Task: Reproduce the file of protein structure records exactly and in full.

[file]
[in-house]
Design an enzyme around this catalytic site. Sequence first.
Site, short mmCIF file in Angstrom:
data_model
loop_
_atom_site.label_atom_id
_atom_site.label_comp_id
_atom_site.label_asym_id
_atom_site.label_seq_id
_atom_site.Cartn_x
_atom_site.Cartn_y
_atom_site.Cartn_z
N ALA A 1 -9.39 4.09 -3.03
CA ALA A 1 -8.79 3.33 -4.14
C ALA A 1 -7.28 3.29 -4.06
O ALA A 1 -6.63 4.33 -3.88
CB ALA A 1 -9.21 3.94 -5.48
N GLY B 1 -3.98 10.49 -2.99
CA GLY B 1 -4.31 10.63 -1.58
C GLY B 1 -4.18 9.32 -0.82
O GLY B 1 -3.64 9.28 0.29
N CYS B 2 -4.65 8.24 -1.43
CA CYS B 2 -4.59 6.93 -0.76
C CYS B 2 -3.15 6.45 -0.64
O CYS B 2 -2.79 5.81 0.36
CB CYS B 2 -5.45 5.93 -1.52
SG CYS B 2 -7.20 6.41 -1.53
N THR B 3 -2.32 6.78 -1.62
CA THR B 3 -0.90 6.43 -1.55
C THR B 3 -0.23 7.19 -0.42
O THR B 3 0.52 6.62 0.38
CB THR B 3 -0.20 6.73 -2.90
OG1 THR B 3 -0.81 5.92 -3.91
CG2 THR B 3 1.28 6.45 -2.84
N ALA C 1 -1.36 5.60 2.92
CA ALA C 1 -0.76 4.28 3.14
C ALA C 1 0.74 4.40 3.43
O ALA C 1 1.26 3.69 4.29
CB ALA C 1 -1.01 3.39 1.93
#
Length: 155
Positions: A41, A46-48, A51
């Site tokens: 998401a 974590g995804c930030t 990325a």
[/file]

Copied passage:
[in-house]
Design an enzyme around this catalytic site. Sequence first.
Site, short mmCIF file in Angstrom:
data_model
loop_
_atom_site.label_atom_id
_atom_site.label_comp_id
_atom_site.label_asym_id
_atom_site.label_seq_id
_atom_site.Cartn_x
_atom_site.Cartn_y
_atom_site.Cartn_z
N ALA A 1 -9.39 4.09 -3.03
CA ALA A 1 -8.79 3.33 -4.14
C ALA A 1 -7.28 3.29 -4.06
O ALA A 1 -6.63 4.33 -3.88
CB ALA A 1 -9.21 3.94 -5.48
N GLY B 1 -3.98 10.49 -2.99
CA GLY B 1 -4.31 10.63 -1.58
C GLY B 1 -4.18 9.32 -0.82
O GLY B 1 -3.64 9.28 0.29
N CYS B 2 -4.65 8.24 -1.43
CA CYS B 2 -4.59 6.93 -0.76
C CYS B 2 -3.15 6.45 -0.64
O CYS B 2 -2.79 5.81 0.36
CB CYS B 2 -5.45 5.93 -1.52
SG CYS B 2 -7.20 6.41 -1.53
N THR B 3 -2.32 6.78 -1.62
CA THR B 3 -0.90 6.43 -1.55
C THR B 3 -0.23 7.19 -0.42
O THR B 3 0.52 6.62 0.38
CB THR B 3 -0.20 6.73 -2.90
OG1 THR B 3 -0.81 5.92 -3.91
CG2 THR B 3 1.28 6.45 -2.84
N ALA C 1 -1.36 5.60 2.92
CA ALA C 1 -0.76 4.28 3.14
C ALA C 1 0.74 4.40 3.43
O ALA C 1 1.26 3.69 4.29
CB ALA C 1 -1.01 3.39 1.93
#
Length: 155
Positions: A41, A46-48, A51
């Site tokens: 998401a 974590g995804c930030t 990325a």